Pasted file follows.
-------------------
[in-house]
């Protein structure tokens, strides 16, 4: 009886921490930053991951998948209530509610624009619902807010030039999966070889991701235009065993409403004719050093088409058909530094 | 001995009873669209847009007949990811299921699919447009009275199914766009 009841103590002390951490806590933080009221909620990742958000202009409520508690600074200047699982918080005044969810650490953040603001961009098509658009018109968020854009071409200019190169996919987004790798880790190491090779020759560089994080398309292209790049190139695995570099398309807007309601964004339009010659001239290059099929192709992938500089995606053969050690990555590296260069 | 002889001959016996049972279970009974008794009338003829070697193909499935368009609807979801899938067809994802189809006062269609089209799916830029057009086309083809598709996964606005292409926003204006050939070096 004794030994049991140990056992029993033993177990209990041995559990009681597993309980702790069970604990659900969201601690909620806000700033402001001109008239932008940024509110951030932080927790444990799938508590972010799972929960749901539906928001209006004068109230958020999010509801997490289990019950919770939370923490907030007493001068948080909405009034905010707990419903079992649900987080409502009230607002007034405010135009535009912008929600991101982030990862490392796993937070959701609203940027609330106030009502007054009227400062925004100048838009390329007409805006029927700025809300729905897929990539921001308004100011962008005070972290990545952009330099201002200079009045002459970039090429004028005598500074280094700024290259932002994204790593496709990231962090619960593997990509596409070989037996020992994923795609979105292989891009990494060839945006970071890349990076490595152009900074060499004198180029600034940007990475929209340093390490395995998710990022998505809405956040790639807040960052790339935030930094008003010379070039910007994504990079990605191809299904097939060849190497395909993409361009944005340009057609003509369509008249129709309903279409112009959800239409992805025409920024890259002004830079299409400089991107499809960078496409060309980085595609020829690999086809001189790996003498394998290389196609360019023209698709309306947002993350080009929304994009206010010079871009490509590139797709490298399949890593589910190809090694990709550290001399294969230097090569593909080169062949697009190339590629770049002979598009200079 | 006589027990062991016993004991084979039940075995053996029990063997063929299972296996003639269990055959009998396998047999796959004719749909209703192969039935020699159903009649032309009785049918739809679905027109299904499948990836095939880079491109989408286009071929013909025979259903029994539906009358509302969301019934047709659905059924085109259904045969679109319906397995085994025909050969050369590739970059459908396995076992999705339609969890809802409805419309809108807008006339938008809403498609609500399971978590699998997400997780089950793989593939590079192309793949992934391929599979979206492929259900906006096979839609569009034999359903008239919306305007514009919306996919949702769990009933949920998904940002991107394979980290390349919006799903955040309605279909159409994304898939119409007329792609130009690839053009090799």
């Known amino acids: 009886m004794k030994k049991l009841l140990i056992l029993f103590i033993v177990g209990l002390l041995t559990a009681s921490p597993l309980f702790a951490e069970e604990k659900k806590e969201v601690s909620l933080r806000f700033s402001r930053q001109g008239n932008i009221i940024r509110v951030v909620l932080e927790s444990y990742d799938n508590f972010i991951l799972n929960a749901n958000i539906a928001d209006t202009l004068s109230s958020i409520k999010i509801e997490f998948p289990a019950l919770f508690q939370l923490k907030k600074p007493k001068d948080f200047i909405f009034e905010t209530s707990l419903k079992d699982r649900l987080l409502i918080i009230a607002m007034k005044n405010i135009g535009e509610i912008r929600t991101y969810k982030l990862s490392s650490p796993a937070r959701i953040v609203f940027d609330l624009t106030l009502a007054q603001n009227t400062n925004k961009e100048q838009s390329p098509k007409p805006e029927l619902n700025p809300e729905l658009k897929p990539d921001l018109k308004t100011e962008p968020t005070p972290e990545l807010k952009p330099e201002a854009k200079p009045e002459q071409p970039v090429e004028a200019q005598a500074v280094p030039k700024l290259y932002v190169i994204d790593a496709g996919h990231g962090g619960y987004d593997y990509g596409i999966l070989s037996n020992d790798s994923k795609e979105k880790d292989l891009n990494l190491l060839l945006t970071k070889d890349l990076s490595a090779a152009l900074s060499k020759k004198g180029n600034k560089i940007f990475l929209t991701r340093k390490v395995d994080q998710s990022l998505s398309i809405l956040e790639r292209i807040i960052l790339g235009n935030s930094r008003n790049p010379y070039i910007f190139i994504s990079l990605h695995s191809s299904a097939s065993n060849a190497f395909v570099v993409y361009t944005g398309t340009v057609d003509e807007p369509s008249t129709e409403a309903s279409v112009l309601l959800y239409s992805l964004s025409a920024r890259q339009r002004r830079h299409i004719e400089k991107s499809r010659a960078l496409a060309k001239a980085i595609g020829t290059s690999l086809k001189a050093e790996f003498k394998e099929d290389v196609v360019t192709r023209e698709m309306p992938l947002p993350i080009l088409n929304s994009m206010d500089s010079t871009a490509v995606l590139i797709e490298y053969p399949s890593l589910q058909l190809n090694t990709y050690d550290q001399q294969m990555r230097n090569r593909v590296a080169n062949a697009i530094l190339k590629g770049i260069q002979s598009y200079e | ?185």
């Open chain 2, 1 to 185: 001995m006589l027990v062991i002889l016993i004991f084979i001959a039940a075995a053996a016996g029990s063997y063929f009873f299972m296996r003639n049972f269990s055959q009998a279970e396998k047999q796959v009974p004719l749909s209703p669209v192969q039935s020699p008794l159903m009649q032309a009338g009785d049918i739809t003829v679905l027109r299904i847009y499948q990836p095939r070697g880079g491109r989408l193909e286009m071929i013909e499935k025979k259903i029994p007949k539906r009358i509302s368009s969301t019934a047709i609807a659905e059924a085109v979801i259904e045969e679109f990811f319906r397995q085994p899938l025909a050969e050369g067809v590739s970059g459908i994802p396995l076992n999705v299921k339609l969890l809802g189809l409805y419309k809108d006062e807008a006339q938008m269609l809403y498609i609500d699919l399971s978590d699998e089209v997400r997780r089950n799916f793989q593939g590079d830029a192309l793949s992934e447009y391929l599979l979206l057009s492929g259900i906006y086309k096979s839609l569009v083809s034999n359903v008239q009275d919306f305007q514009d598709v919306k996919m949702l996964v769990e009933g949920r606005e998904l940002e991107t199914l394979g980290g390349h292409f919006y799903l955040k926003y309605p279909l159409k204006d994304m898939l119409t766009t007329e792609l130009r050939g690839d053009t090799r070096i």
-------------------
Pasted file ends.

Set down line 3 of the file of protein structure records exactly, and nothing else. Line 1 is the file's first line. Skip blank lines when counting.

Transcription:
């Known amino acids: 009886m004794k030994k049991l009841l140990i056992l029993f103590i033993v177990g209990l002390l041995t559990a009681s921490p597993l309980f702790a951490e069970e604990k659900k806590e969201v601690s909620l933080r806000f700033s402001r930053q001109g008239n932008i009221i940024r509110v951030v909620l932080e927790s444990y990742d799938n508590f972010i991951l799972n929960a749901n958000i539906a928001d209006t202009l004068s109230s958020i409520k999010i509801e997490f998948p289990a019950l919770f508690q939370l923490k907030k600074p007493k001068d948080f200047i909405f009034e905010t209530s707990l419903k079992d699982r649900l987080l409502i918080i009230a607002m007034k005044n405010i135009g535009e509610i912008r929600t991101y969810k982030l990862s490392s650490p796993a937070r959701i953040v609203f940027d609330l624009t106030l009502a007054q603001n009227t400062n925004k961009e100048q838009s390329p098509k007409p805006e029927l619902n700025p809300e729905l658009k897929p990539d921001l018109k308004t100011e962008p968020t005070p972290e990545l807010k952009p330099e201002a854009k200079p009045e002459q071409p970039v090429e004028a200019q005598a500074v280094p030039k700024l290259y932002v190169i994204d790593a496709g996919h990231g962090g619960y987004d593997y990509g596409i999966l070989s037996n020992d790798s994923k795609e979105k880790d292989l891009n990494l190491l060839l945006t970071k070889d890349l990076s490595a090779a152009l900074s060499k020759k004198g180029n600034k560089i940007f990475l929209t991701r340093k390490v395995d994080q998710s990022l998505s398309i809405l956040e790639r292209i807040i960052l790339g235009n935030s930094r008003n790049p010379y070039i910007f190139i994504s990079l990605h695995s191809s299904a097939s065993n060849a190497f395909v570099v993409y361009t944005g398309t340009v057609d003509e807007p369509s008249t129709e409403a309903s279409v112009l309601l959800y239409s992805l964004s025409a920024r890259q339009r002004r830079h299409i004719e400089k991107s499809r010659a960078l496409a060309k001239a980085i595609g020829t290059s690999l086809k001189a050093e790996f003498k394998e099929d290389v196609v360019t192709r023209e698709m309306p992938l947002p993350i080009l088409n929304s994009m206010d500089s010079t871009a490509v995606l590139i797709e490298y053969p399949s890593l589910q058909l190809n090694t990709y050690d550290q001399q294969m990555r230097n090569r593909v590296a080169n062949a697009i530094l190339k590629g770049i260069q002979s598009y200079e | ?185």